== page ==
The Ohio State Journal on Dispute Resolution, in collaboration with the Moritz College of Law's Program on Dispute Resolution, is pleased to bring you Volume 16, Issue 1, of the Mayhew-Hite Report on Dispute Resolution and the Courts.

The U.S. Department of Justice Community Relations Service: Assisting Communities in Resolving Conflicts and Restoring Peace

Grande Lum, Francis Amoroso & Rosa Melendez*

On Sunday, August 5, 2012, an individual with alleged white supremacist ties entered a Sikh gurdwara, or temple, in the community of Oak Creek, Wisconsin, and opened fire on the congregation. Six worshippers were killed and four others were wounded, including a responding law enforcement officer.[i] Within hours of the shooting, Community Relations Services (CRS) was in contact with national and local Sikh organizational leaders, the U.S. attorney for the district, and numerous federal and local law enforcement officials. In addition, CRS helped facilitate communication between law enforcement and community members, providing contact information for key law enforcement officials. Later that same week, CRS and the U.S. attorney for the Eastern District of Wisconsin facilitated a key leadership meeting to discuss hate crimes, analyze community concerns over the shooting, and assess community needs for funerals. CRS and its federal and local partners then assisted in the planning and moderation of a larger community meeting at Oak Creek High School that was attended by more than 250 people from the greater Milwaukee area.

A Hate Crime in a Quiet Community Elicits a Unique Mandate

The Oak Creek, Wisconsin, gurdwara attack serves as an example of the services CRS can provide to communities in the wake of a hate crime. Founded under the Civil Rights Act of 1964, the CRS supports state and municipal government officials, law enforcement executives, and community leaders with resolving disputes based on racial and ethnic tensions, to improve police-community relations. CRS also helps local leaders prevent and respond to alleged violent hate crimes committed on the basis of actual or perceived race, color, national origin, gender, gender identity, sexual orientation, religion, or disability. CRS is not an investigatory or prosecutorial agency, and it has no law enforcement authority. The agency does not impose solutions or assign blame or fault. All CRS services are provided free of charge to the communities and are confidential. CRS works in all 50 states and the U.S. territories in communities large and small, rural, urban, and suburban. Most of CRS’ work originates from requests by police chiefs, mayors, school administrators, local government authorities, community-based organizations, tribal communities, and civil and human rights groups.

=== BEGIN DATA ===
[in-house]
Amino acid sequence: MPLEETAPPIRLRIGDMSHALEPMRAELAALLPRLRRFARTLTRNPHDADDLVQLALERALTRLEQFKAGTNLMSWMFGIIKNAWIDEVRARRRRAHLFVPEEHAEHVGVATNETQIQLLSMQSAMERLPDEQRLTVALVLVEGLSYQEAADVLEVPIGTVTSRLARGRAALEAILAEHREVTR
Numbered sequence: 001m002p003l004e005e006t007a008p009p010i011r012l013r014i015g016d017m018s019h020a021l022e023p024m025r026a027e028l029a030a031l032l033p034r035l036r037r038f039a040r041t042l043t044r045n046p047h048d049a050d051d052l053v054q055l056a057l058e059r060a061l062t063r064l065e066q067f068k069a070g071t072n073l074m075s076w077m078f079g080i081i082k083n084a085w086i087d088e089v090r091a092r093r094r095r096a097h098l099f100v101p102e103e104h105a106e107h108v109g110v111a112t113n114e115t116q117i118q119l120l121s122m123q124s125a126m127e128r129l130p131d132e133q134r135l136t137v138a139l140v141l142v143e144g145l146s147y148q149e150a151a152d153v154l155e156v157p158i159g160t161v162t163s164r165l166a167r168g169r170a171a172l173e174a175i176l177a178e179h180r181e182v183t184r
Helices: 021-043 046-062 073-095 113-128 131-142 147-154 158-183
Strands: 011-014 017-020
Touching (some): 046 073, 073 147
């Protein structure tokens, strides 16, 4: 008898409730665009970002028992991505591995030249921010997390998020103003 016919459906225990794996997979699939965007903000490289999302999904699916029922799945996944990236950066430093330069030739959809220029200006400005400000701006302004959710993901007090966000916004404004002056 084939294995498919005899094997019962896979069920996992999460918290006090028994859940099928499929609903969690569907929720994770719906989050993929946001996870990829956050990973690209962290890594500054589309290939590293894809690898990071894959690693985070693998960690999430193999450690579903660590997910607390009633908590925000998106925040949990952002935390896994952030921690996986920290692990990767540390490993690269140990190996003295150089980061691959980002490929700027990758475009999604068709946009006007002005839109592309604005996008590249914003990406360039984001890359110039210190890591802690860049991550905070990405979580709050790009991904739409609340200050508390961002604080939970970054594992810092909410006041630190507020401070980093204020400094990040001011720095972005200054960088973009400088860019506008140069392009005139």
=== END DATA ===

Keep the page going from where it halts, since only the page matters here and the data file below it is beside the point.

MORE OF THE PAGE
Read more


Culture and its Importance in Mediation

National University of Singapore Professor Jole Lee's Culture and its Importance in Mediation originally appeared in Pepperdine’s Dispute Resolution Law Journal, Volume 16, Issue 2. The article focuses on the importance of considering culture in conducting mediations. Professor Lee begins by stating that culture is so pervasive in daily life, that we often do not realize its effect. The article takes a deep-dive into Singapore’s journey in dealing with the intersection between culture and mediation.[1]

Professor Lee asserts that the problem with academic definitions of culture is that the definitions may over-generalize or be overly simplistic. More comprehensive definitions of culture address so many variations and exceptions such that their usefulness is undermined.

Sometimes, culture is equated with the rules, etiquette, and customs of a particular community or group. Yet this definition fails to consider that rules, etiquette and customs are usually manifestations of the “cultural iceberg” that lies beneath. According to Lee, the task of delineating culture is made more arduous by a “shrinking world” and the segmentation of cultures. Formerly, culture could be defined fairly easily along national or ethnic lines. Even then, there would be exceptions, but widespread norms in a community could be nonetheless identified.  asserts that in the past, there was little cross-influence of various cultures: members of one culture had little to no exposure to other cultures.[2]

Read more


City of Cleveland Consent Decree